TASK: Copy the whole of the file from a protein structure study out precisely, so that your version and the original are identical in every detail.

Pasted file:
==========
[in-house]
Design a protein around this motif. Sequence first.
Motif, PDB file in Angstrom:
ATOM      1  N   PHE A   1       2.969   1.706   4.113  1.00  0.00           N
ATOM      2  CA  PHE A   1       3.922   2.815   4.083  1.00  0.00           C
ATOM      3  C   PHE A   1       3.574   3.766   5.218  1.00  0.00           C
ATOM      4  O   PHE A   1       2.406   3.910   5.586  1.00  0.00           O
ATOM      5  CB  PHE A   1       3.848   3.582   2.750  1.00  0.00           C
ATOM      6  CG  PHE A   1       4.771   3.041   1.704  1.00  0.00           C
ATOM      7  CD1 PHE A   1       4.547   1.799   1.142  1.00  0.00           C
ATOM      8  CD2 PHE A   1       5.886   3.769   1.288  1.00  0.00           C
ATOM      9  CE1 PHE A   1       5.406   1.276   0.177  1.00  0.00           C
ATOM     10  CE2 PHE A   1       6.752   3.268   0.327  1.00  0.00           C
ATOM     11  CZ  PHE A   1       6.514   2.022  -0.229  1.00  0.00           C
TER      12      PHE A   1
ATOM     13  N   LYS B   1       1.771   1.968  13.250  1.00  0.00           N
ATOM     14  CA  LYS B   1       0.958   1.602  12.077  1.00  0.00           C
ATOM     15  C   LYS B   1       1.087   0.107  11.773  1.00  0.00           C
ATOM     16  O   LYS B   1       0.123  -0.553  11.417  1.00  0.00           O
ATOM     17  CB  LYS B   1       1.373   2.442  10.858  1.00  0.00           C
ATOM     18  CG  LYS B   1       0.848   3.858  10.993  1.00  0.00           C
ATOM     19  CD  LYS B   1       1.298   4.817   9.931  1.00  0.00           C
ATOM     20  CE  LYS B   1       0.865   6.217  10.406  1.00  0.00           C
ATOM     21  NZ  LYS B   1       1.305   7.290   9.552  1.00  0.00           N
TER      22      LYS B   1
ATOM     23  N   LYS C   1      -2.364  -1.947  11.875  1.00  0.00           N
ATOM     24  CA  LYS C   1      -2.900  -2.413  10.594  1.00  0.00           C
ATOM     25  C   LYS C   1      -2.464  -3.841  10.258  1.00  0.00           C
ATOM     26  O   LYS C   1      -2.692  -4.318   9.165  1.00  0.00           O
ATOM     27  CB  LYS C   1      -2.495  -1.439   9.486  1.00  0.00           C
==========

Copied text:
[in-house]
Design a protein around this motif. Sequence first.
Motif, PDB file in Angstrom:
ATOM      1  N   PHE A   1       2.969   1.706   4.113  1.00  0.00           N
ATOM      2  CA  PHE A   1       3.922   2.815   4.083  1.00  0.00           C
ATOM      3  C   PHE A   1       3.574   3.766   5.218  1.00  0.00           C
ATOM      4  O   PHE A   1       2.406   3.910   5.586  1.00  0.00           O
ATOM      5  CB  PHE A   1       3.848   3.582   2.750  1.00  0.00           C
ATOM      6  CG  PHE A   1       4.771   3.041   1.704  1.00  0.00           C
ATOM      7  CD1 PHE A   1       4.547   1.799   1.142  1.00  0.00           C
ATOM      8  CD2 PHE A   1       5.886   3.769   1.288  1.00  0.00           C
ATOM      9  CE1 PHE A   1       5.406   1.276   0.177  1.00  0.00           C
ATOM     10  CE2 PHE A   1       6.752   3.268   0.327  1.00  0.00           C
ATOM     11  CZ  PHE A   1       6.514   2.022  -0.229  1.00  0.00           C
TER      12      PHE A   1
ATOM     13  N   LYS B   1       1.771   1.968  13.250  1.00  0.00           N
ATOM     14  CA  LYS B   1       0.958   1.602  12.077  1.00  0.00           C
ATOM     15  C   LYS B   1       1.087   0.107  11.773  1.00  0.00           C
ATOM     16  O   LYS B   1       0.123  -0.553  11.417  1.00  0.00           O
ATOM     17  CB  LYS B   1       1.373   2.442  10.858  1.00  0.00           C
ATOM     18  CG  LYS B   1       0.848   3.858  10.993  1.00  0.00           C
ATOM     19  CD  LYS B   1       1.298   4.817   9.931  1.00  0.00           C
ATOM     20  CE  LYS B   1       0.865   6.217  10.406  1.00  0.00           C
ATOM     21  NZ  LYS B   1       1.305   7.290   9.552  1.00  0.00           N
TER      22      LYS B   1
ATOM     23  N   LYS C   1      -2.364  -1.947  11.875  1.00  0.00           N
ATOM     24  CA  LYS C   1      -2.900  -2.413  10.594  1.00  0.00           C
ATOM     25  C   LYS C   1      -2.464  -3.841  10.258  1.00  0.00           C
ATOM     26  O   LYS C   1      -2.692  -4.318   9.165  1.00  0.00           O
ATOM     27  CB  LYS C   1      -2.495  -1.439   9.486  1.00  0.00           C